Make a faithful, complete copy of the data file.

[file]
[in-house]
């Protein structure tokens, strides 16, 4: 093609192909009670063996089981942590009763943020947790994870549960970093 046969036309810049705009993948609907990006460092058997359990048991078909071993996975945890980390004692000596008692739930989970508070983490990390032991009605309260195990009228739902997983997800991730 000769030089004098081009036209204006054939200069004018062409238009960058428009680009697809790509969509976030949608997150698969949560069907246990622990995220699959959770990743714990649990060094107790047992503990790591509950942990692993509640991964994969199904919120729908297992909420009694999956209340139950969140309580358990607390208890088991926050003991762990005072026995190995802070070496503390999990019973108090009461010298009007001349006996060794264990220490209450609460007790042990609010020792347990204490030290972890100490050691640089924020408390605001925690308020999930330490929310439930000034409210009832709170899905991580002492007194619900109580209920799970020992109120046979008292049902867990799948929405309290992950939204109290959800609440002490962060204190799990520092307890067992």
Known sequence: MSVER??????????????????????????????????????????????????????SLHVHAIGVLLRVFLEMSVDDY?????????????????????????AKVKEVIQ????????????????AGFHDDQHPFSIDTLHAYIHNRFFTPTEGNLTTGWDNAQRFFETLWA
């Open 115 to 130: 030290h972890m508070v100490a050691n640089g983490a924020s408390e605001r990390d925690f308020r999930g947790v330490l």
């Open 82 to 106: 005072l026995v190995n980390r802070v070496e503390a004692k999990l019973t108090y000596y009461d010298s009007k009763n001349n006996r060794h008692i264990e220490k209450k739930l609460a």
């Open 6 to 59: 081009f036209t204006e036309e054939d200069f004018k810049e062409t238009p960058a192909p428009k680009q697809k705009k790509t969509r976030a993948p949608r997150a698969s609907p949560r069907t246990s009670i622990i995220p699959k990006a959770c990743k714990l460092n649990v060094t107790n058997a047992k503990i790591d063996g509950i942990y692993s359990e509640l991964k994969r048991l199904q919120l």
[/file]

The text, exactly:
[in-house]
């Protein structure tokens, strides 16, 4: 093609192909009670063996089981942590009763943020947790994870549960970093 046969036309810049705009993948609907990006460092058997359990048991078909071993996975945890980390004692000596008692739930989970508070983490990390032991009605309260195990009228739902997983997800991730 000769030089004098081009036209204006054939200069004018062409238009960058428009680009697809790509969509976030949608997150698969949560069907246990622990995220699959959770990743714990649990060094107790047992503990790591509950942990692993509640991964994969199904919120729908297992909420009694999956209340139950969140309580358990607390208890088991926050003991762990005072026995190995802070070496503390999990019973108090009461010298009007001349006996060794264990220490209450609460007790042990609010020792347990204490030290972890100490050691640089924020408390605001925690308020999930330490929310439930000034409210009832709170899905991580002492007194619900109580209920799970020992109120046979008292049902867990799948929405309290992950939204109290959800609440002490962060204190799990520092307890067992």
Known sequence: MSVER??????????????????????????????????????????????????????SLHVHAIGVLLRVFLEMSVDDY?????????????????????????AKVKEVIQ????????????????AGFHDDQHPFSIDTLHAYIHNRFFTPTEGNLTTGWDNAQRFFETLWA
């Open 115 to 130: 030290h972890m508070v100490a050691n640089g983490a924020s408390e605001r990390d925690f308020r999930g947790v330490l």
């Open 82 to 106: 005072l026995v190995n980390r802070v070496e503390a004692k999990l019973t108090y000596y009461d010298s009007k009763n001349n006996r060794h008692i264990e220490k209450k739930l609460a």
């Open 6 to 59: 081009f036209t204006e036309e054939d200069f004018k810049e062409t238009p960058a192909p428009k680009q697809k705009k790509t969509r976030a993948p949608r997150a698969s609907p949560r069907t246990s009670i622990i995220p699959k990006a959770c990743k714990l460092n649990v060094t107790n058997a047992k503990i790591d063996g509950i942990y692993s359990e509640l991964k994969r048991l199904q919120l």